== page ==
The Azarah (courtyard) of the Beis Hamikdash had 7 gates. Each of these gates had gold-plated doors (with the exception of the gate of Nikanor whose doors were of copper). These doors were closed each night. Each doorway also had a curtain which would be draped across the gate during the daytime when the doors were open. The purpose of these curtains was for privacy.
There were 6 other curtains in the Beis Hamikdash, including 2 curtains separating the Kodesh and Kodesh Hakodoshim.
In mystical teachings, a veil or curtain represents a restraint on intensity. Just like a curtain are used to filter light, blocking out its intensity and allowing a more tolerable level of light to enter the room, there is a need for ‘curtains’ in the spiritual sense as well.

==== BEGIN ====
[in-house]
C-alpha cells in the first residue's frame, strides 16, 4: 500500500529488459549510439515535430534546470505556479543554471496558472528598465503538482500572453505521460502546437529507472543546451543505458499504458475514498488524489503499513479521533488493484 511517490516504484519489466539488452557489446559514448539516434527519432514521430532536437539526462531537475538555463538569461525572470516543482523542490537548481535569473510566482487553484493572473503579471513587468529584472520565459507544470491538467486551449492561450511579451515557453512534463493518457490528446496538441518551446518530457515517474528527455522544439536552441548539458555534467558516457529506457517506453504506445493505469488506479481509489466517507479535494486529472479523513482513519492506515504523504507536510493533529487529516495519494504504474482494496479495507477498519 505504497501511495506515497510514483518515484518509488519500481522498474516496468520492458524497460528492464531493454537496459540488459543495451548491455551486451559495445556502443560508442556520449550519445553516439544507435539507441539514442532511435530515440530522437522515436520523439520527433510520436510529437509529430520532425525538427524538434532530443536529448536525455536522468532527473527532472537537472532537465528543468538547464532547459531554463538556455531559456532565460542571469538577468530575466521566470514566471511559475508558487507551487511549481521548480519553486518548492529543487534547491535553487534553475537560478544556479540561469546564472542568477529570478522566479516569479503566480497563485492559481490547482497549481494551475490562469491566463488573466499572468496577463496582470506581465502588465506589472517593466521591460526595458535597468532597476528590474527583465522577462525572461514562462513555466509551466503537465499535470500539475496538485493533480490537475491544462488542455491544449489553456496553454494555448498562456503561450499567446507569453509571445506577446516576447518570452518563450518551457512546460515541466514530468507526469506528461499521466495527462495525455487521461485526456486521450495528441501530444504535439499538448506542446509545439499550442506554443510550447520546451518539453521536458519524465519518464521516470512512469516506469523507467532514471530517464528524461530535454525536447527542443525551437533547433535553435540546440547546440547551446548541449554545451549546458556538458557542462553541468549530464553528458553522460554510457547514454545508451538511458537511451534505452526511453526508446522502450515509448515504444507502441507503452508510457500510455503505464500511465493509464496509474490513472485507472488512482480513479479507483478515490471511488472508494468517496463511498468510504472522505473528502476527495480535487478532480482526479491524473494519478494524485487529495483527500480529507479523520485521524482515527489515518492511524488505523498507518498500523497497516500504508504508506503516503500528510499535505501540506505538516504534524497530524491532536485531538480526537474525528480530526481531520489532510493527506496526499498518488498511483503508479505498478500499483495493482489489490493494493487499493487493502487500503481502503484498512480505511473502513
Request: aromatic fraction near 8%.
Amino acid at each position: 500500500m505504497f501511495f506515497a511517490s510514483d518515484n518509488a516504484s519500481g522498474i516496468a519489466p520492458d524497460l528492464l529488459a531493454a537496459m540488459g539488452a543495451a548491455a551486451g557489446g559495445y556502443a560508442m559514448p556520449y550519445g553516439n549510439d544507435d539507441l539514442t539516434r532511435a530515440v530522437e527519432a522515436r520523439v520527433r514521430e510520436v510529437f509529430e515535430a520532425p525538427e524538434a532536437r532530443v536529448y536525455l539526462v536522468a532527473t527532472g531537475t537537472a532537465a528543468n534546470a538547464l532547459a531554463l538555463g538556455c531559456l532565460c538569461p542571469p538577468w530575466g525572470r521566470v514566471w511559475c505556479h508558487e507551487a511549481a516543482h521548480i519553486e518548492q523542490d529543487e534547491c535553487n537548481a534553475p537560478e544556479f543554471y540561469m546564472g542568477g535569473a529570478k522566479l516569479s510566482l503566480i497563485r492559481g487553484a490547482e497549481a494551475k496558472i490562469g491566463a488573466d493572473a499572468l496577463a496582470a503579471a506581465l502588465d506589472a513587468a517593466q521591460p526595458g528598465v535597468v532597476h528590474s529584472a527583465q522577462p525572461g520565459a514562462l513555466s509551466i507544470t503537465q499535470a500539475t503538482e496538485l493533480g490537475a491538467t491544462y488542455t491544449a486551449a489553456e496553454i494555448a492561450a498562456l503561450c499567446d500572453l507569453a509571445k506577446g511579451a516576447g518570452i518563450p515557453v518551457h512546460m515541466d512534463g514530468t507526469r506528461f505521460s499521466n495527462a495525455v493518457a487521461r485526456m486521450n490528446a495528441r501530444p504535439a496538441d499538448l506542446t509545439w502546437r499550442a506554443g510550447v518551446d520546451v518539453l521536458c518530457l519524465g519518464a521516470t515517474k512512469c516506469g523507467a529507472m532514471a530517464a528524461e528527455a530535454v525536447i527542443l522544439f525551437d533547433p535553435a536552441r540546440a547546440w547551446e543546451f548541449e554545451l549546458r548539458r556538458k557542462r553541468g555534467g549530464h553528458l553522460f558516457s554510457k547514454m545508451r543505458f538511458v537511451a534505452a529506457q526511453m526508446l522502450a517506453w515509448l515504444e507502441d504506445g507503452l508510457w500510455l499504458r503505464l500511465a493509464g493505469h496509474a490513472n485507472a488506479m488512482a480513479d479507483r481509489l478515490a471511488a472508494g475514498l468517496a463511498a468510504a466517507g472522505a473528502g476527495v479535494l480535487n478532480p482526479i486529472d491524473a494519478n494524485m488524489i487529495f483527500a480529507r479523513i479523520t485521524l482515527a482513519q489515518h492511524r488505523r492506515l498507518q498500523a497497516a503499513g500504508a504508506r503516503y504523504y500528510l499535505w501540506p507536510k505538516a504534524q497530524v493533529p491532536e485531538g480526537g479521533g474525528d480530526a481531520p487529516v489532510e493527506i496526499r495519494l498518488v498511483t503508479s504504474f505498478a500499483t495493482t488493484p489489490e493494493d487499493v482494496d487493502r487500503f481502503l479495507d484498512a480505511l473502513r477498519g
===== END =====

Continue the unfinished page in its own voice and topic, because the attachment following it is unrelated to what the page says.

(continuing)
The Kabbalists explain that the G-dly radiance of the Infinite Light was too powerful to be received by a created reality. And so Hashem veiled His light through a process of Tzimtzumim, contractions, which limited the intensity of the light in order to create finite worlds and be manifest within them.
The open doorways represent how the G-dly revelation that pervaded the Beis Hamikdash shone outwards. The curtains reflect how this light needed to be filtered to allow the wider-world to receive it.
In our interactions with others, we also need curtains and filters. Sometimes we may be too intense and overwhelm those around us by not give them enough space or consideration. We may come across too strong in our opinions. We may be too blunt and forward, saying things without filtration. Or we may share our emotions too intensely, smothering the other with our love and closeness or pushing them away with our anger or distance.
When our doors are open and we want to share our inner self with others, we need to think about the other with whom we are sharing our ideas and emotions and how we can share them in a way that will be best received. Like the Beis Hamikdash, our open doorways sometimes needs a curtain.
~ Based on Derech Mitzvosecha Mitzvas Milah